Credit Card Delinquencies Fall and Unemployment May Have Peaked - Double Who? - Daily Rate Update for July 7th, 2010

By
Real Estate Mortgage Broker with Province Mortgage Associates - NMLS #2861

Yesterday's market dominated by "double dip" recession fears; Today's data suggests things MAY not be that bad - Rate Lock Report for July 7th, 2010

If you're unhappy with the pricing improvements we received yesterday, please raise your hand. Anyone? I didn't think so. Would you like to know why it happened?

Yesterday, markets were gripped with panic over the possibility of a "double dip" recession, that is, a second, possibly worse, recession following the first. Needless to say, this is a pretty scary possibility, and one that the talking heads on CNBC apparently couldn't say enough yesterday. (I didn't actually watch, as the best thing CNBC usually has going is the ticker on the bottom, but that's what I heard.)

Now, obviously, a double dip recession would be a very bad thing right now, because our government has already spent its way into a big hole trying to dig out of this recession. Do we really expect them to repeat all of that spending to dig out of another recession? Are they even capable of that? A lot of very smart people are worried about this very possibility.

Fortunately, we got some better news from less commonly cited sources today, suggesting that things might not be all that bad. The first piece of data needs to be taken with a grain of salt. The American Bankers Association reported that credit card delinquencies, that is, 30-day late payments on credit cards, fell to their lowest level in 8 years this month, with fewer than 4% of credit card holders 30 days or more past due. This is good news for the banks, yes, but keep in mind what has happened in the last two or three years - banks have been taking credit cards away from consumers it perceived as riskier left and right. I know very few people who haven't had a credit card shut off or a credit line reduced, and it may be that this is a bigger cause of the reduced delinquencies. It also bears mentioning that this report covers only the 1st quarter of 2010, a period during which we already know the US economy was in better shape.

The second piece of information to arrive today was a report from the OECD raising the possibility that unemployment may have peaked for developed economies. The Organization for Economic Co-operation and Development is a non-governmental organization based in Paris that seeks to foster sharing of knowledge and solutions to common economic problems throughout its membership, which includes most of North America, Europe, and a few other scattered countries. In its report, the OECD states that 17 million jobs have been lost among its member countries during the recent crisis, 10 million of those in the US alone, and it suggests that governments striving to trim budget deficits must be careful to avoid making unemployment worse through their cuts. It does state that it feels that the level of unemployment may have leveled off, and could move lower if governments foster the right environment.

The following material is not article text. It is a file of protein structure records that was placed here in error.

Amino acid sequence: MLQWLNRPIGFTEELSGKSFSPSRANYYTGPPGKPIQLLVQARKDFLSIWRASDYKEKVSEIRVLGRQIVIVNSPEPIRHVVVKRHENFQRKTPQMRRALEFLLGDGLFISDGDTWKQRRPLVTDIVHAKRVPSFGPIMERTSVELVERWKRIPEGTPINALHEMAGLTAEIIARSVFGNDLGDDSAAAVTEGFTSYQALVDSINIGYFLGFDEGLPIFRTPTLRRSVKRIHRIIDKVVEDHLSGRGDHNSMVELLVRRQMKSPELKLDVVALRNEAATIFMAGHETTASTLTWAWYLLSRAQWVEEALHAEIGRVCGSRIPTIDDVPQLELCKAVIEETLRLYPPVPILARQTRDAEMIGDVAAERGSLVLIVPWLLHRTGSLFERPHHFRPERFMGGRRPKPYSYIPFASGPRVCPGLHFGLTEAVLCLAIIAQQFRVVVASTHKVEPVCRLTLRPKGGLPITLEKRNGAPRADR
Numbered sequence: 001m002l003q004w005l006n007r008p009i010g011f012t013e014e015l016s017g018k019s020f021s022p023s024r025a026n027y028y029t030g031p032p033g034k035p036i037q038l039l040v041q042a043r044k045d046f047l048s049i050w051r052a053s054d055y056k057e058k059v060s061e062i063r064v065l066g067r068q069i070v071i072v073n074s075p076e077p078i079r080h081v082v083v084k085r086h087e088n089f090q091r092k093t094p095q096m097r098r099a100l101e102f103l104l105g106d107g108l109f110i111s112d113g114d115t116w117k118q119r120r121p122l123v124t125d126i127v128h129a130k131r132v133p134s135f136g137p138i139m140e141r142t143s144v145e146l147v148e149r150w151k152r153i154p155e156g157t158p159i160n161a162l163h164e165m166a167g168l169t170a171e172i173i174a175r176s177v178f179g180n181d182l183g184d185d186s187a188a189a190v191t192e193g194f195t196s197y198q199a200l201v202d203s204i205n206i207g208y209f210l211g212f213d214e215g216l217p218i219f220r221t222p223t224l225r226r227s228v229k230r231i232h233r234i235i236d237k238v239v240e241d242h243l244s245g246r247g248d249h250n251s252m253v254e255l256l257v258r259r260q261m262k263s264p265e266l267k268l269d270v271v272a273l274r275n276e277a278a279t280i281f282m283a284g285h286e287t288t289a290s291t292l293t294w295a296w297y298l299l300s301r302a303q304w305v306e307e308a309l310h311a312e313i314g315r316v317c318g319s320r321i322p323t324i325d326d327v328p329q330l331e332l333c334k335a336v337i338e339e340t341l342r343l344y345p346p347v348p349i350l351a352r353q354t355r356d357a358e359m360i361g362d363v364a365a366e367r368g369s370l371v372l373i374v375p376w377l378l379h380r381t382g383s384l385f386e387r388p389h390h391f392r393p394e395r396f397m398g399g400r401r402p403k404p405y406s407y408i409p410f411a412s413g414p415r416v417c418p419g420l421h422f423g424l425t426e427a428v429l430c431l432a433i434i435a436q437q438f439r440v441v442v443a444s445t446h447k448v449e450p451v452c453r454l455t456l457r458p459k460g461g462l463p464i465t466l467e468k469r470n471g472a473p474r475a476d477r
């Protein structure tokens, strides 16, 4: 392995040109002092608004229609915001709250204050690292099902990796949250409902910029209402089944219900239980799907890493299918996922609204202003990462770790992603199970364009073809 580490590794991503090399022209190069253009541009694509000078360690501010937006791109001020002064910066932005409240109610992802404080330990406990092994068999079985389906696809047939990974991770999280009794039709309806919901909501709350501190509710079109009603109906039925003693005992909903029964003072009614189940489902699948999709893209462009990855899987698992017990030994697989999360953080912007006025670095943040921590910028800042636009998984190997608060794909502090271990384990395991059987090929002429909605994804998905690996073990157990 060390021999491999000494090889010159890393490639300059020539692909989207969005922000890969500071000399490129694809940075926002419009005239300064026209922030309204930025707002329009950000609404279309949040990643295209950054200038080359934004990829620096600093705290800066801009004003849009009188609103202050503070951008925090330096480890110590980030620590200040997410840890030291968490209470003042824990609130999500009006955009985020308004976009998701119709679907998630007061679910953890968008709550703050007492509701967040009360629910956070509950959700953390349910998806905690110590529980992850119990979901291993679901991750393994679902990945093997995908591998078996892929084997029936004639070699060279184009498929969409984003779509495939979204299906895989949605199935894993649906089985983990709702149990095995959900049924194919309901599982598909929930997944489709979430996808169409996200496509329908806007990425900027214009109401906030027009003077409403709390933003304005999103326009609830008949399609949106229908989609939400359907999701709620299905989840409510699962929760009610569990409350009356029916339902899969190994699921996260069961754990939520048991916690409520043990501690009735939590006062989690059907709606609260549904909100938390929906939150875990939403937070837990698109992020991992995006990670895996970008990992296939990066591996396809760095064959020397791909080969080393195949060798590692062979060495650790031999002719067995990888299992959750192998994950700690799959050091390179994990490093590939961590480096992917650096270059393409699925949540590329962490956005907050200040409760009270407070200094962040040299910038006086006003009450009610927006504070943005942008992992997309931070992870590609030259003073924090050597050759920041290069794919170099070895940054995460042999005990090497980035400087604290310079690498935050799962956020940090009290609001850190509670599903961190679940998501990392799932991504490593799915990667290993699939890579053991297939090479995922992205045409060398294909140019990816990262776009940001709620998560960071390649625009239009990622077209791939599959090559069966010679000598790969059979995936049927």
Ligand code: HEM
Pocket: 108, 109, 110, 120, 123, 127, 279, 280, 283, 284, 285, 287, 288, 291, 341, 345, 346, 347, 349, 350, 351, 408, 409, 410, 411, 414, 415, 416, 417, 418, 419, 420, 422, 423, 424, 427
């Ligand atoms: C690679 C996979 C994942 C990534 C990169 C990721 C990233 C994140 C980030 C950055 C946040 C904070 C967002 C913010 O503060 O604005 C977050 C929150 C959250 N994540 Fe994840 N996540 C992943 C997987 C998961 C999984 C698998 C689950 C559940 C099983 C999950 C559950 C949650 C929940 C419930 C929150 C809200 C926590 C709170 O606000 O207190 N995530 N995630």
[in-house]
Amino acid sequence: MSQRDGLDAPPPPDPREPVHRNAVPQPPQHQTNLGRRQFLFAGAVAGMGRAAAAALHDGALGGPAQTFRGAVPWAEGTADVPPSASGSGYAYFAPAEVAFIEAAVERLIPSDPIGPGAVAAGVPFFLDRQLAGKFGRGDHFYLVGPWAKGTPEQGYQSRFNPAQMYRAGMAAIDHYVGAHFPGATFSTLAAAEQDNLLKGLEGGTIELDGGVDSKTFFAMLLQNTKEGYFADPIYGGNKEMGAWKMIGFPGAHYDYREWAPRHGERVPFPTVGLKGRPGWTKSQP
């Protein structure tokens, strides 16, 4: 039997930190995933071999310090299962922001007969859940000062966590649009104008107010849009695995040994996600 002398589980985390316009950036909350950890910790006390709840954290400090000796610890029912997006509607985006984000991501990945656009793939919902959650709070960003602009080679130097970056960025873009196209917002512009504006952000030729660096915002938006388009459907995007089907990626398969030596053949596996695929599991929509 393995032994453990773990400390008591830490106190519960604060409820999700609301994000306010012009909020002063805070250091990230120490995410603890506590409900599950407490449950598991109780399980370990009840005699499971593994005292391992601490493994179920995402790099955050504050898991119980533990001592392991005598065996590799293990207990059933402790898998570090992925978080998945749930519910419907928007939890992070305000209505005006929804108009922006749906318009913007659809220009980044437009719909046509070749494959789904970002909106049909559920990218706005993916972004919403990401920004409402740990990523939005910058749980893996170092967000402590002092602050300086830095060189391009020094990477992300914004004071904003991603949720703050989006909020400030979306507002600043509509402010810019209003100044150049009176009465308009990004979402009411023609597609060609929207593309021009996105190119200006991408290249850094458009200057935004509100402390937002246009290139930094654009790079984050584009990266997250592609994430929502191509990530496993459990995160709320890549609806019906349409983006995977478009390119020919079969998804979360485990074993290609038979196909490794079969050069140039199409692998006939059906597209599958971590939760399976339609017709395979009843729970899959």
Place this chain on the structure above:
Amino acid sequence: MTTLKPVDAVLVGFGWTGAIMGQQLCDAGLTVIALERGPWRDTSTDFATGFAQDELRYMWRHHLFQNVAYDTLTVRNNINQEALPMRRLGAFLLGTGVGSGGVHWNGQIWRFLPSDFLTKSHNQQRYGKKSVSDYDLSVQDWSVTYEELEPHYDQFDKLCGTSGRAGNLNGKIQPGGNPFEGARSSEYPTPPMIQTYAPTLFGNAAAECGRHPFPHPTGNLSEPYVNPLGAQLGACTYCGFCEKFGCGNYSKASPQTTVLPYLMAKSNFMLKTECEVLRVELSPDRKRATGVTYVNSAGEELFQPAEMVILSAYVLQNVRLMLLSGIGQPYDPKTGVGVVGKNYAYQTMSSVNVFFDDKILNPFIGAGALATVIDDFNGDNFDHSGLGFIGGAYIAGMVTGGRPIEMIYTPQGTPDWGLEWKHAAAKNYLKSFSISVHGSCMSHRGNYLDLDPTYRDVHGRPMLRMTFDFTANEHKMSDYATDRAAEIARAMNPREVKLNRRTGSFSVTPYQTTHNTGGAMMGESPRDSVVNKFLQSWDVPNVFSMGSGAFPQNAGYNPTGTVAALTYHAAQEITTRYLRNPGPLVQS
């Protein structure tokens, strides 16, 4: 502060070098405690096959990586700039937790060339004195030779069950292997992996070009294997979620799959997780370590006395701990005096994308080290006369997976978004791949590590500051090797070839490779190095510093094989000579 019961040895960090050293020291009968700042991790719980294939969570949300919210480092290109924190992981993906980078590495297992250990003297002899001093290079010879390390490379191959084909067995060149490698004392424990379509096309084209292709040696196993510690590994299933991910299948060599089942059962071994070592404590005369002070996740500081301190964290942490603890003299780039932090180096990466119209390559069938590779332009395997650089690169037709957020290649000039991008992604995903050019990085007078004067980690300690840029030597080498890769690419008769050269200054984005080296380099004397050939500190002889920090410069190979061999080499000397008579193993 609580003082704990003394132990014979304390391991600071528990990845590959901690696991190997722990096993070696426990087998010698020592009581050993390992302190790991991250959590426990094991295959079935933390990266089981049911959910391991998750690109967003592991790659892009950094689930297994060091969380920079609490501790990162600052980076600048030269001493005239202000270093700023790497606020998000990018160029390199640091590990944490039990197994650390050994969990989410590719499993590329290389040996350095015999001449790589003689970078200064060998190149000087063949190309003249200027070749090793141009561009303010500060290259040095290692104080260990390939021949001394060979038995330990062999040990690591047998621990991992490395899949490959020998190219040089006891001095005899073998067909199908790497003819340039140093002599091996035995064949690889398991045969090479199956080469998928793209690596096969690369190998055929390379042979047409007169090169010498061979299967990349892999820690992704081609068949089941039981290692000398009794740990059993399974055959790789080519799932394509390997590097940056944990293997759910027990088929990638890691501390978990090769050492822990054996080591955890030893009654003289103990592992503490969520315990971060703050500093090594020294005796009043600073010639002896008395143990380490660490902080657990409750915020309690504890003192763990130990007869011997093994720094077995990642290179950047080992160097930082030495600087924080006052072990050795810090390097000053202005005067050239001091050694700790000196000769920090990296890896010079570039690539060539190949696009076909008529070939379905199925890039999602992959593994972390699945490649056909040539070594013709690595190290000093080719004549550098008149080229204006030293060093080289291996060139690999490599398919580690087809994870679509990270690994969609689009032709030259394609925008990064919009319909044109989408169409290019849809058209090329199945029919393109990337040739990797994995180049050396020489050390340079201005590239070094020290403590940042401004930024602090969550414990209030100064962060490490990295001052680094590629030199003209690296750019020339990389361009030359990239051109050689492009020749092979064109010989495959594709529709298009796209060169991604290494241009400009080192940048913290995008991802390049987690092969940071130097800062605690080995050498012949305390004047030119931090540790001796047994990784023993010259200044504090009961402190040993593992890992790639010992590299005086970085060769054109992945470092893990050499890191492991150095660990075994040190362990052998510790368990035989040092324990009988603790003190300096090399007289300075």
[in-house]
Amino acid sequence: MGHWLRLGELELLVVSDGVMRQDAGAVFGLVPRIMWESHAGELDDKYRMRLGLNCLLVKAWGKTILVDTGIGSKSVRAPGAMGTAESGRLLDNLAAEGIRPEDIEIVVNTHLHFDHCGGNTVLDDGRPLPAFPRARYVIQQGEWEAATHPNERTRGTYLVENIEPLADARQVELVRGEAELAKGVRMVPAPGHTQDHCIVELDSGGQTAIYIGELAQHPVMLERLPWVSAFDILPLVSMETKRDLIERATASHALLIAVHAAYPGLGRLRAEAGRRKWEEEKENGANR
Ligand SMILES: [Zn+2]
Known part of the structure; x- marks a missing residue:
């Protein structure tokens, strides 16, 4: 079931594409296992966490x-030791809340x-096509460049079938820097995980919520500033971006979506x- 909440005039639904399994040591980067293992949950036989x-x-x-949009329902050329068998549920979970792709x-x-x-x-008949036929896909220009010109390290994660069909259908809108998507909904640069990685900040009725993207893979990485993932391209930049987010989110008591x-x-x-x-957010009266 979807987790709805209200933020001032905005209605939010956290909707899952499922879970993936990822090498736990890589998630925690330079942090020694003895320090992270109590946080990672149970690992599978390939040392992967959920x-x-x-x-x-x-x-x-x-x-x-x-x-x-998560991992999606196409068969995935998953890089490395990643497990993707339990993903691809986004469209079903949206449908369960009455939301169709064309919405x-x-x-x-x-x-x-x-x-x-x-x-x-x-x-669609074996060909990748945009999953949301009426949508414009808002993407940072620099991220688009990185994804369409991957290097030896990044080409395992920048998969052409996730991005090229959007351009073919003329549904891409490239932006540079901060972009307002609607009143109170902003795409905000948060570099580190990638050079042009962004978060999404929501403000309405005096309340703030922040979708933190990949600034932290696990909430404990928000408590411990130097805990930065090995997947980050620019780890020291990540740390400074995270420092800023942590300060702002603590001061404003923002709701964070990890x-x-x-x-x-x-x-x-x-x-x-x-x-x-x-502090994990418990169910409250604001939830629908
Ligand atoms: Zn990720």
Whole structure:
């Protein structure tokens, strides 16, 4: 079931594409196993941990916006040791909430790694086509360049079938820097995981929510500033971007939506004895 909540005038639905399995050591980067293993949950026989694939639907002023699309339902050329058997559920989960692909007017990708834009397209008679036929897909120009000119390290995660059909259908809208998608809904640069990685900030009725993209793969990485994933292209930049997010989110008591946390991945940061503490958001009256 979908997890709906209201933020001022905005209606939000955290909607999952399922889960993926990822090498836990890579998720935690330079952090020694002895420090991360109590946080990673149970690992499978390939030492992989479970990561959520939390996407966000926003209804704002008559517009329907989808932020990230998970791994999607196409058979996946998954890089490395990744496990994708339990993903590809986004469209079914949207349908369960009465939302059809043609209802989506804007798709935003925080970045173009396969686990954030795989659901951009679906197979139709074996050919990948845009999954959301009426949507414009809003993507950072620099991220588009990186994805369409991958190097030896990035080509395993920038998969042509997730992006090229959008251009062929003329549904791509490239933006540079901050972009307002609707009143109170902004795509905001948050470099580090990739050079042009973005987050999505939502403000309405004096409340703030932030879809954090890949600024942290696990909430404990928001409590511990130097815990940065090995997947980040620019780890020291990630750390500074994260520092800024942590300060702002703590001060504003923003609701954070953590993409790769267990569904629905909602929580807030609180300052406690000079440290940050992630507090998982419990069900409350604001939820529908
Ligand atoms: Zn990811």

Markets have opened higher on the day, and appear to be holding that level at present. Still, mortgage pricing moved significantly yesterday to the point where there is little chance of further improvement in the immediate future. At this time, you may want to consider locking especially on loans closing in the next 2-3 weeks. It is more likely at this point that we will see a reversal in that time, rather than continued improvement.

There is little more economic news due this week, so the stock market will be a major driver of mortgage pricing. Tomorrow's unemployment claims report is the last piece of significant data for the week. If you have questions regarding Rhode Island Refinance Rates, or whether or not to lock your loan, please don't hesitate to contact me by cell at (401) 263-8655, or by commenting on this post. Have a great day!

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July 6th, 2010 Update

Dan Hartman is a Senior Mortgage Advisor with Province Mortgage Associates, and serves as an Adjunct Professor of Finance and Economics at Roger Williams University and the University of New Haven. He has been helping homeowners and homebuyers with their mortgage questions for over 10 years.

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Rainmaker
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If the goverment had not spent all the money which produced very little last results, we might not have to be worrying about a double dip recession.  STOP THE UNCONTROLLED SPENDING!

July 07, 2010 10:46 AM
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Dan Hartman's Blog about mortgages, real estate, and the economy in New England, and the United States, especially Rhode Island Rates, Connecticut Mortgages, Massachusetts Rate Locks, and New Hampshire Home Sales. Let Dan leverage his MBA in Finance and experience as a college professor for you! Locations of visitors to this page Site Meter